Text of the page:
Thursday, March 5, 2009

Red Cliff

After a forgettable stint in Hollywood, director John Woo comes back to his native China. With this film made with an estimated budget of $80 million US (the most expansive Asian movie up to now), we now can appreciate the man that we were praising in the time of The Killer and Hard-Boiled. Forget the guns and enjoy Woo's unsuspected talent to direct an epic film! As a historical film, Red Cliff is one film among many others that has an unique effectiveness. Just like Bury My Heart at Wounded Knee, Red Cliff's maturity lies in its ability to jump from one point of view to another and also to build a coherent storyline although the film is said to be based on the classic novel Romance of the Three Kingdoms.


The first part of a story that was divided in two films takes place in 208 A.D.,near the end of the Han dynasty. What we now know as China is divided in three kingdoms, because the Han monarchy conquered the Northern kingdoms. As a matter of fact, the two other remaining kingdoms are in the South: Eastern Wu, which is led by Sun Qan (Chang Chen), and Shu Han, led by Liu Bei (You Yong). Although these two kingdoms don't intend to do war, Cao Cao (Zhang Fengyi), the Prime Minister of the Han monarchy, wants to conquer them and, by extension, eliminate Sun Qan and Liu Bei.

In fact, the Prime Minister convinced Emperor Xian, a puppet ruler, that Sun Qan and Liu Bei covet the throne and are preparing a rebellion (which turns out to be false). After his troops fell back at the Battle of Changban, Liu Bei sends Zhuge Liang (Takashi Kaneshiro), his chief advisor, on a diplomatic mission in Eastern Wu to seal an alliance between Liu Bei and Sun Qan. Although Sun Qan doesn't have any military experience, he becomes convinced that he has to ally with Liu Bei in order to repel Cao Cao's invasion.

Once again, watch this movie if you've been waiting after all those years to see John Woo at the helm of a serious film. Although Red Cliff is based on the novel Romance of the Three Kingdoms, Woo and his fellow scriptwriters, showed a lot of maturity by relying mostly on the historical record Chronicle of the Three Kingdoms rather than the novel itself. Thanks to that, we get a relatively accurate historical portrayal of the major characters rather than mere one-sided caricatures. For instance, although Cao Cao would have been regarded as a blood thirsty politician by the other major characters, the film makes justice to the character by showing us with a certain depth his lust for power, his desire to go to war and even the way he feels about his "followers".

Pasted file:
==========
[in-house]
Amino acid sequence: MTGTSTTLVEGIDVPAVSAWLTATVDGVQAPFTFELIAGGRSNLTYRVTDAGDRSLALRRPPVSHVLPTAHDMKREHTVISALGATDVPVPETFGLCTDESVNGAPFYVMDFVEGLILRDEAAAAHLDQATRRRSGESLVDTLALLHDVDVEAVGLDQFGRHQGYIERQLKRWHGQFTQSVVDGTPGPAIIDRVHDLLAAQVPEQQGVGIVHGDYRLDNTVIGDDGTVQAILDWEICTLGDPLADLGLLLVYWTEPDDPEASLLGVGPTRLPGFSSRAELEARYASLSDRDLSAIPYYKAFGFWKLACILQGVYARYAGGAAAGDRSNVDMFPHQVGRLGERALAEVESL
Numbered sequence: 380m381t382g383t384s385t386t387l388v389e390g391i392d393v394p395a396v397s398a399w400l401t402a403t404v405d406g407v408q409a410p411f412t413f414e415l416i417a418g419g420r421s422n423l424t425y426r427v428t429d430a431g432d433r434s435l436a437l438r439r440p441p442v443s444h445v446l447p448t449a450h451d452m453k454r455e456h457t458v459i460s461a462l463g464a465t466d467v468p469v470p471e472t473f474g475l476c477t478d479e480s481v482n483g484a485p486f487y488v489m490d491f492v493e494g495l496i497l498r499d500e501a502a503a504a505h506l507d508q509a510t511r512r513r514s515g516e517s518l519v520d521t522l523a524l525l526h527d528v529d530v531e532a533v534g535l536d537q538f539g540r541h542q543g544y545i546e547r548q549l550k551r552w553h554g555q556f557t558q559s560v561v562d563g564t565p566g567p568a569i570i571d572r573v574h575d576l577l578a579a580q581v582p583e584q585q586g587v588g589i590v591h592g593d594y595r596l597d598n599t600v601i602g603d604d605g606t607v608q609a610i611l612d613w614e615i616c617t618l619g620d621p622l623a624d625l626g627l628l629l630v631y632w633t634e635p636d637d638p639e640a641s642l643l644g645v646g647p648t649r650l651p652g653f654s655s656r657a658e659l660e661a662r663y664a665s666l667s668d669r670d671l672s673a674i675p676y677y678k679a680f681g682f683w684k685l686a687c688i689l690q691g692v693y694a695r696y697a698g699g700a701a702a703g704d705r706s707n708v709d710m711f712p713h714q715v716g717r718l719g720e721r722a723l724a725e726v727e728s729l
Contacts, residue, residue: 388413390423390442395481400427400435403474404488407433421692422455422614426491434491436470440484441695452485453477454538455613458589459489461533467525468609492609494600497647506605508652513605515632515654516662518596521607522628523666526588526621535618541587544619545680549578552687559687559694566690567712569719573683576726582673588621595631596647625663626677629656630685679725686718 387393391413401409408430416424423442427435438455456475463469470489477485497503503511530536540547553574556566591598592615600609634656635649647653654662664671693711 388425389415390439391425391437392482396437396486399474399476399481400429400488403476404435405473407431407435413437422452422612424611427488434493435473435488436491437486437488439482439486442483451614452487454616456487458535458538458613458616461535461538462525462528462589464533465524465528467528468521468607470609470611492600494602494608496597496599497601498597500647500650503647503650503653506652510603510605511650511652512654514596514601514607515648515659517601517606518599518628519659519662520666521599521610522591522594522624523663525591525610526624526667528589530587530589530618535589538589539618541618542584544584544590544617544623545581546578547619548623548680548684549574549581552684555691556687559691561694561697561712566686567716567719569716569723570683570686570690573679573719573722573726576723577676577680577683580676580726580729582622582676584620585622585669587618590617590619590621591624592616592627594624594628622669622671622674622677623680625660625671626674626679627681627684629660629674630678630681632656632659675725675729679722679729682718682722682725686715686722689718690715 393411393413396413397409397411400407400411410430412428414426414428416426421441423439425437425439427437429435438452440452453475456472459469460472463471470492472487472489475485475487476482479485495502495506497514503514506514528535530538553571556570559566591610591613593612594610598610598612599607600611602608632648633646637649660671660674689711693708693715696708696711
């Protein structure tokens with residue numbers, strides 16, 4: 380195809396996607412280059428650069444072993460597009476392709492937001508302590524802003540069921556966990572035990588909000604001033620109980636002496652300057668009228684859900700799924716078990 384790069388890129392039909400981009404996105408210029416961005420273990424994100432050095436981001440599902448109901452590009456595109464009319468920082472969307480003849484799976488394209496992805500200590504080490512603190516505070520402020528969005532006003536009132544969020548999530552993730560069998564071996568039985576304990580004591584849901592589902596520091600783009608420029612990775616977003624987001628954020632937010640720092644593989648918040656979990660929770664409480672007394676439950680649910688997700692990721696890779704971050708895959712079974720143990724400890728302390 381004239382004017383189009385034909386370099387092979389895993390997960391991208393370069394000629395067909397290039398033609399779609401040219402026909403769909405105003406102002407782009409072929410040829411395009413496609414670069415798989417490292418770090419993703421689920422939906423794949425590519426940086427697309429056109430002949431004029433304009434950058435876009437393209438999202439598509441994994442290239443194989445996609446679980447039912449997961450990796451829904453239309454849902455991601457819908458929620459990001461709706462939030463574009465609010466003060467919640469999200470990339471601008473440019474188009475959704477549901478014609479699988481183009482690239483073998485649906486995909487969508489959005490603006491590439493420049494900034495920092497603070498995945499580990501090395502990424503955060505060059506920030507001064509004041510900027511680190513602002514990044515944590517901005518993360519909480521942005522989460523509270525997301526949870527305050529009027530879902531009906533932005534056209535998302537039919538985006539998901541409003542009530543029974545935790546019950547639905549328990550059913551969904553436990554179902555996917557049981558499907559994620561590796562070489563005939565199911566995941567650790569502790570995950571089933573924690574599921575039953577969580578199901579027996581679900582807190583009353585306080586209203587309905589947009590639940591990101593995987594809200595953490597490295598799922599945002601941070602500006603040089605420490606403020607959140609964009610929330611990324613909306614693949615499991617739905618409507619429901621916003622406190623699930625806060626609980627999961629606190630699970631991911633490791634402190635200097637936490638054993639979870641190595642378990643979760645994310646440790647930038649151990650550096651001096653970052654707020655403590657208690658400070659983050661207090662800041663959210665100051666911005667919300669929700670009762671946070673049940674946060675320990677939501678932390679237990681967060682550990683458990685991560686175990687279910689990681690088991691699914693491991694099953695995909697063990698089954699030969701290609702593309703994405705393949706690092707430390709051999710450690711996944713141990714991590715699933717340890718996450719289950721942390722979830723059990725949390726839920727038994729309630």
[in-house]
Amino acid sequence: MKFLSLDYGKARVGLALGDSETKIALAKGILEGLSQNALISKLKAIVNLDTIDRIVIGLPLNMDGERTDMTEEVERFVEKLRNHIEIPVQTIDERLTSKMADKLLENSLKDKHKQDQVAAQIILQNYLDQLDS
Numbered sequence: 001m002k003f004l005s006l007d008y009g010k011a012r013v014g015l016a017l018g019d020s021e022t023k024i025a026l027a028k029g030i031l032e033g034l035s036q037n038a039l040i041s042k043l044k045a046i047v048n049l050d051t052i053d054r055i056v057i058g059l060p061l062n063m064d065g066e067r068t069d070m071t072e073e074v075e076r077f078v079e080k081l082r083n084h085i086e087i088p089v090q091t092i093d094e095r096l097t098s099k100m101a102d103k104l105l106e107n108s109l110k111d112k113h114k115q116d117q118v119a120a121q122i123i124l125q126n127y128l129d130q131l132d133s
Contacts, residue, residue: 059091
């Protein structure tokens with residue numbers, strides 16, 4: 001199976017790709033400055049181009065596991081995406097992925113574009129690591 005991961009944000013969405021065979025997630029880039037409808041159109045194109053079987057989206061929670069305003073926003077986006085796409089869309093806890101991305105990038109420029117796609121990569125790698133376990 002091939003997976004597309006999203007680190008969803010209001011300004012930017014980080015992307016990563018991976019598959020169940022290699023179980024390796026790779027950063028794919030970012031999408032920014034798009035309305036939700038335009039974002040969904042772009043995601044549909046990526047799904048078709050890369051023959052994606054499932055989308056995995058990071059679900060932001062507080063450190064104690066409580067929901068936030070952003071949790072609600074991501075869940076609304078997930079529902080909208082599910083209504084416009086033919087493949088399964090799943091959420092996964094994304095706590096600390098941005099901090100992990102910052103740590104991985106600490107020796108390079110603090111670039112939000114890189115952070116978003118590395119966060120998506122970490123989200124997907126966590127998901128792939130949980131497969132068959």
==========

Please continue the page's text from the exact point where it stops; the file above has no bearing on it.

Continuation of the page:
Given its ability to jump from one major character's point of view from another, Red Cliff is one of those rare war movies that offer a study about why some people want to go to war. For instance, while Sun Shiangxiang (Zhao Wei), Sun Qan's sister, believes that women should care for their kingdom as much as men, Sun Qan's on the other hand, wants to prove to others that he's truly a man of honour like his late father who was nicknamed "the Tiger" at 19 years old. While the film doesn't hopefully glorify war, it's one of the few that explore human being's relation and feelings toward war despite the numerous war scenes.

As for the well-chosen cast, they manage to make the film work the same way a whole hockey team works as a team to win the Stanley cup. From what we see, nobody, whether they play a minor or a major role, vies for our attention because they don't need to do it. While no actor stand out for their performance, the cast should be acclaimed for its ensemble performance. All in all, Red Cliff shouldn't dismay John Woo's fans and also enthusiasts of historical films.

Rating: 4/5


Red Cliff
China (2008)
Length: 146 minutes
Genre: War drama
Screenplay: John Woo, Chan Khan, Kuo Cheng and Sheng Heyu
Director: John Woo
Starring: Tony Leung, Chang Chen, Zhao Wei, Takashi Kaneshiro, Zhang Fengyi and Shido Nakamura


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